1. Why did the Bank of Finland decide to open a museum?
For many years, the Bank of Finland had been reflecting on what kind of forum it could use to inform Finns of the operations and monetary policy of the central bank, in a clearer and more concrete manner. After all, the Bank is Finland’s monetary authority and a member of the European System of Central Banks (ESCB). As it operates under the guarantee and care of Parliament and serves all Finns, its operations ought to be familiar to the Finnish public.
Following the introduction of the euro and Finland’s entry into the Economic and Monetary Union (EMU), Finnish monetary conditions and the role of the Bank of Finland have changed. It is therefore important to reinforce the Finns’ understanding of monetary affairs under the new conditions. Monetary policy is one good example of changes brought about by the euro – monetary policy has changed from being a national issue to a European one. Nowadays Finland participates in the single monetary policy of the euro area, and the Bank of Finland is involved in all phases from preparation to implementation of the policy. Monetary policy decisions are made by the Governing Council of the European Central Bank (ECB). One of the members of the Governing Council is the Governor of the Bank of Finland. Monetary policy decisions are made on the basis of the “single voice” principle, thereby ensuring each member an equal opportunity to affect the decisions.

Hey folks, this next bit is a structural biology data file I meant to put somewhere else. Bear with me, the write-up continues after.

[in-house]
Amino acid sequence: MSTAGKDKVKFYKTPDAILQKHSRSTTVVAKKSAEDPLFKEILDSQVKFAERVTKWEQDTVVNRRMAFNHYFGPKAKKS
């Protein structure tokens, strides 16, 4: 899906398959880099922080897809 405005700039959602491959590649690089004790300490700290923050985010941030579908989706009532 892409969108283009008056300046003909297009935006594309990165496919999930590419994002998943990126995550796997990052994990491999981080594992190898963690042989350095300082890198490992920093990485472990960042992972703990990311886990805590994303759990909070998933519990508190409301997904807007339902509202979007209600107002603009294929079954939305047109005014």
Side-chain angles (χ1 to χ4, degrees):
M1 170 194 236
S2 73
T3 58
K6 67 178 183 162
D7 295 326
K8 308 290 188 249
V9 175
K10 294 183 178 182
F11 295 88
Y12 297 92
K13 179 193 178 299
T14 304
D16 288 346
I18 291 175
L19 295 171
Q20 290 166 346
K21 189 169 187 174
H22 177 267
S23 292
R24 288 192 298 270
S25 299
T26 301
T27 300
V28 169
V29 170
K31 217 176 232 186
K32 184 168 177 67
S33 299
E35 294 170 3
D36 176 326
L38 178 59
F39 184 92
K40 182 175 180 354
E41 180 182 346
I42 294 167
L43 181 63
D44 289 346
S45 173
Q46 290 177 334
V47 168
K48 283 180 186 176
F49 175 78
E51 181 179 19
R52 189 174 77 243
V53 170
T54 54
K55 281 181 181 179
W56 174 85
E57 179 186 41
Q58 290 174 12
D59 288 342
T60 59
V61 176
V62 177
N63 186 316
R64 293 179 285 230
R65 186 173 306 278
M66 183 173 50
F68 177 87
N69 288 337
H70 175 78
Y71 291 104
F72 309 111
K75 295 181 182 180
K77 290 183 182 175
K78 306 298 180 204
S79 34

Being the central bank of the Finnish people and a member of the ESCB, the Bank of Finland considers itself obliged to inform Finns of the present-day business of the Bank and to explain the world of monetary policy, which is generally considered a rather complex matter. A museum offers a convenient and accessible way to familiarise oneself with these issues, which also have important implications when handling one’s personal finances.
The Bank of Finland Museum functions as a window to the current operations of the Bank. Visitors are not only presented with the opportunity to learn about the history of money and of the Bank of Finland but also get an overview of Finnish banknote art and artists. Admission to the museum is free.
The exhibition has been divided into three sections:
I Monetary policy